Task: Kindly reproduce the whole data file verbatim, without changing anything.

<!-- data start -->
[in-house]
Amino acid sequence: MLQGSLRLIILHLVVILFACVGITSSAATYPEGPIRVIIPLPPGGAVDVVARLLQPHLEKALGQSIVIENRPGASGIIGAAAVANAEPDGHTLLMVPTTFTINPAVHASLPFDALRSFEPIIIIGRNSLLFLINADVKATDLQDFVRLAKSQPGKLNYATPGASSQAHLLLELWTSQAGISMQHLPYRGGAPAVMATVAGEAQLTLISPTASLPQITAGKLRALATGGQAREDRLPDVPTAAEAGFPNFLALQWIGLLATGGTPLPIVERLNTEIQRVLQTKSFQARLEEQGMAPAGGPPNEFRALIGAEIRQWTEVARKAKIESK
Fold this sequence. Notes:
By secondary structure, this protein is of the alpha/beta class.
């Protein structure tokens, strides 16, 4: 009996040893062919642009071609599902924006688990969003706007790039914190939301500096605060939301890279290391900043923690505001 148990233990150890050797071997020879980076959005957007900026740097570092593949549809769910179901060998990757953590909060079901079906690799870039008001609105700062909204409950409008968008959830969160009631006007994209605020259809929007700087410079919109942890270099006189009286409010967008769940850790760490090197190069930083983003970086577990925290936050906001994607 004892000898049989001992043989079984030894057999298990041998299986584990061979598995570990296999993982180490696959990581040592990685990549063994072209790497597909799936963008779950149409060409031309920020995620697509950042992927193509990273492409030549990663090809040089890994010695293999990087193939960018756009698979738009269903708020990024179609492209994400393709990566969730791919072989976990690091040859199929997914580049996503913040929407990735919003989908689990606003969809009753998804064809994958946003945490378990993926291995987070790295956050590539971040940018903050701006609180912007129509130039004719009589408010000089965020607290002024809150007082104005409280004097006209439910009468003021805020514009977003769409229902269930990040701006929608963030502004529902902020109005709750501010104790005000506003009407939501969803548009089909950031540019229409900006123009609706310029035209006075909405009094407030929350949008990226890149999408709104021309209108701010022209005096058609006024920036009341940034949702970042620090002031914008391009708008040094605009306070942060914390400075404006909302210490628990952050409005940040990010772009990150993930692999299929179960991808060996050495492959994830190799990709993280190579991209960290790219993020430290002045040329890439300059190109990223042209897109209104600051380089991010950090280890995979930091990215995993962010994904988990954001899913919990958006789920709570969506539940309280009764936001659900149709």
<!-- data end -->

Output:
[in-house]
Amino acid sequence: MLQGSLRLIILHLVVILFACVGITSSAATYPEGPIRVIIPLPPGGAVDVVARLLQPHLEKALGQSIVIENRPGASGIIGAAAVANAEPDGHTLLMVPTTFTINPAVHASLPFDALRSFEPIIIIGRNSLLFLINADVKATDLQDFVRLAKSQPGKLNYATPGASSQAHLLLELWTSQAGISMQHLPYRGGAPAVMATVAGEAQLTLISPTASLPQITAGKLRALATGGQAREDRLPDVPTAAEAGFPNFLALQWIGLLATGGTPLPIVERLNTEIQRVLQTKSFQARLEEQGMAPAGGPPNEFRALIGAEIRQWTEVARKAKIESK
Fold this sequence. Notes:
By secondary structure, this protein is of the alpha/beta class.
């Protein structure tokens, strides 16, 4: 009996040893062919642009071609599902924006688990969003706007790039914190939301500096605060939301890279290391900043923690505001 148990233990150890050797071997020879980076959005957007900026740097570092593949549809769910179901060998990757953590909060079901079906690799870039008001609105700062909204409950409008968008959830969160009631006007994209605020259809929007700087410079919109942890270099006189009286409010967008769940850790760490090197190069930083983003970086577990925290936050906001994607 004892000898049989001992043989079984030894057999298990041998299986584990061979598995570990296999993982180490696959990581040592990685990549063994072209790497597909799936963008779950149409060409031309920020995620697509950042992927193509990273492409030549990663090809040089890994010695293999990087193939960018756009698979738009269903708020990024179609492209994400393709990566969730791919072989976990690091040859199929997914580049996503913040929407990735919003989908689990606003969809009753998804064809994958946003945490378990993926291995987070790295956050590539971040940018903050701006609180912007129509130039004719009589408010000089965020607290002024809150007082104005409280004097006209439910009468003021805020514009977003769409229902269930990040701006929608963030502004529902902020109005709750501010104790005000506003009407939501969803548009089909950031540019229409900006123009609706310029035209006075909405009094407030929350949008990226890149999408709104021309209108701010022209005096058609006024920036009341940034949702970042620090002031914008391009708008040094605009306070942060914390400075404006909302210490628990952050409005940040990010772009990150993930692999299929179960991808060996050495492959994830190799990709993280190579991209960290790219993020430290002045040329890439300059190109990223042209897109209104600051380089991010950090280890995979930091990215995993962010994904988990954001899913919990958006789920709570969506539940309280009764936001659900149709």